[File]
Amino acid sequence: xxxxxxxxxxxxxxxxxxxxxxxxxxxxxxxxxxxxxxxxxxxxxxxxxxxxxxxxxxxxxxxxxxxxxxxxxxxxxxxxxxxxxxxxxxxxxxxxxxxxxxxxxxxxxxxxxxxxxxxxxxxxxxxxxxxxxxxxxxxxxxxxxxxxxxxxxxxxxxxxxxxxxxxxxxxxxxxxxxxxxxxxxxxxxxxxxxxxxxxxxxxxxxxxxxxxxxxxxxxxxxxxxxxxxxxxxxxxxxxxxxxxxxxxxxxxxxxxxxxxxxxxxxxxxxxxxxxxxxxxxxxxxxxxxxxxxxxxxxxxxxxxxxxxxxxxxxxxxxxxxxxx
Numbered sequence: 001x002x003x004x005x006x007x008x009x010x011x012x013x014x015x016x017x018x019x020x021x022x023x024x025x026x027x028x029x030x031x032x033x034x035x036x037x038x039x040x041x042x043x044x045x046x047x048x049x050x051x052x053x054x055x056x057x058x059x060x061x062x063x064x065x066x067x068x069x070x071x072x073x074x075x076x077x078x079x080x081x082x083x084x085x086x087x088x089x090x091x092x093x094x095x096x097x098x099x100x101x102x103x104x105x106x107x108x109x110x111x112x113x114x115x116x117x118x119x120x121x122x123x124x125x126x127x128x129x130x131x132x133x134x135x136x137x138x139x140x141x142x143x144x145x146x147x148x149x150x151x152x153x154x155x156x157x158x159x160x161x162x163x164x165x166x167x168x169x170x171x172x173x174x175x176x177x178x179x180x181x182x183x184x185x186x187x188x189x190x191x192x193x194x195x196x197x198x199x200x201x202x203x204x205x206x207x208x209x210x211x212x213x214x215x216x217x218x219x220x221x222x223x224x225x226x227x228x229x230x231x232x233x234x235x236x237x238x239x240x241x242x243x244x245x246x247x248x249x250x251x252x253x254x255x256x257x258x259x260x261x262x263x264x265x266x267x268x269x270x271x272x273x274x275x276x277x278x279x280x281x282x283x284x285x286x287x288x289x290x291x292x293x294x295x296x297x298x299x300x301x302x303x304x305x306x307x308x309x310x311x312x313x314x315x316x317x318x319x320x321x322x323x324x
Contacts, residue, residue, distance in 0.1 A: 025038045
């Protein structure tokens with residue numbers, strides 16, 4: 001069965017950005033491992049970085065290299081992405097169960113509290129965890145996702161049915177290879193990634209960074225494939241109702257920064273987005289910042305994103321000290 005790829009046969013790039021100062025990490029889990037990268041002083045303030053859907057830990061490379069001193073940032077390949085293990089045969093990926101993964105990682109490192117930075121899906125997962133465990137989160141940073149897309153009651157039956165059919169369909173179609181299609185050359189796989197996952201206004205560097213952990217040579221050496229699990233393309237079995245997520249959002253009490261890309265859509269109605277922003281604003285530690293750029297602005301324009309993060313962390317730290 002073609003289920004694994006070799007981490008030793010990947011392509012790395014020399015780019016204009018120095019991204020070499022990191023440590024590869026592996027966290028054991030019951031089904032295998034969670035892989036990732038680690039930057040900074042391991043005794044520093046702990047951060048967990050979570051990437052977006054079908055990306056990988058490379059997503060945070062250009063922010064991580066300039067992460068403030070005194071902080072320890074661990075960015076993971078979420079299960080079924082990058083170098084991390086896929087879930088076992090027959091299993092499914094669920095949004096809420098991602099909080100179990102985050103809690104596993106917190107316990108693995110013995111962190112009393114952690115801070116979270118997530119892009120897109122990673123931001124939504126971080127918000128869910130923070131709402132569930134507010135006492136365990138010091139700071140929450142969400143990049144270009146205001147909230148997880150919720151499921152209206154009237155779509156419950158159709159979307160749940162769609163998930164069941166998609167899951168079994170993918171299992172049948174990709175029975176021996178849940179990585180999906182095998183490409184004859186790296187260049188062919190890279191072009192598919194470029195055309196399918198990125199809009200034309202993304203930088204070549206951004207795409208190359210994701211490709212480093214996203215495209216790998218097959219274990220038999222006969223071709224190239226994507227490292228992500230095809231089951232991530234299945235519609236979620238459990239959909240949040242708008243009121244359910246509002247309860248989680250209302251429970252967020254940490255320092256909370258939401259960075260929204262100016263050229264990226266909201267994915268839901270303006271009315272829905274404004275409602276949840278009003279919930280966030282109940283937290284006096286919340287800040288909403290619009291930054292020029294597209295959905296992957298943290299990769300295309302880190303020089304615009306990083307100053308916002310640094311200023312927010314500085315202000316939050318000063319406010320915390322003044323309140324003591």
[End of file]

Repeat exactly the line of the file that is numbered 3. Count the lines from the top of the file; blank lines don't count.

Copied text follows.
Contacts, residue, residue, distance in 0.1 A: 025038045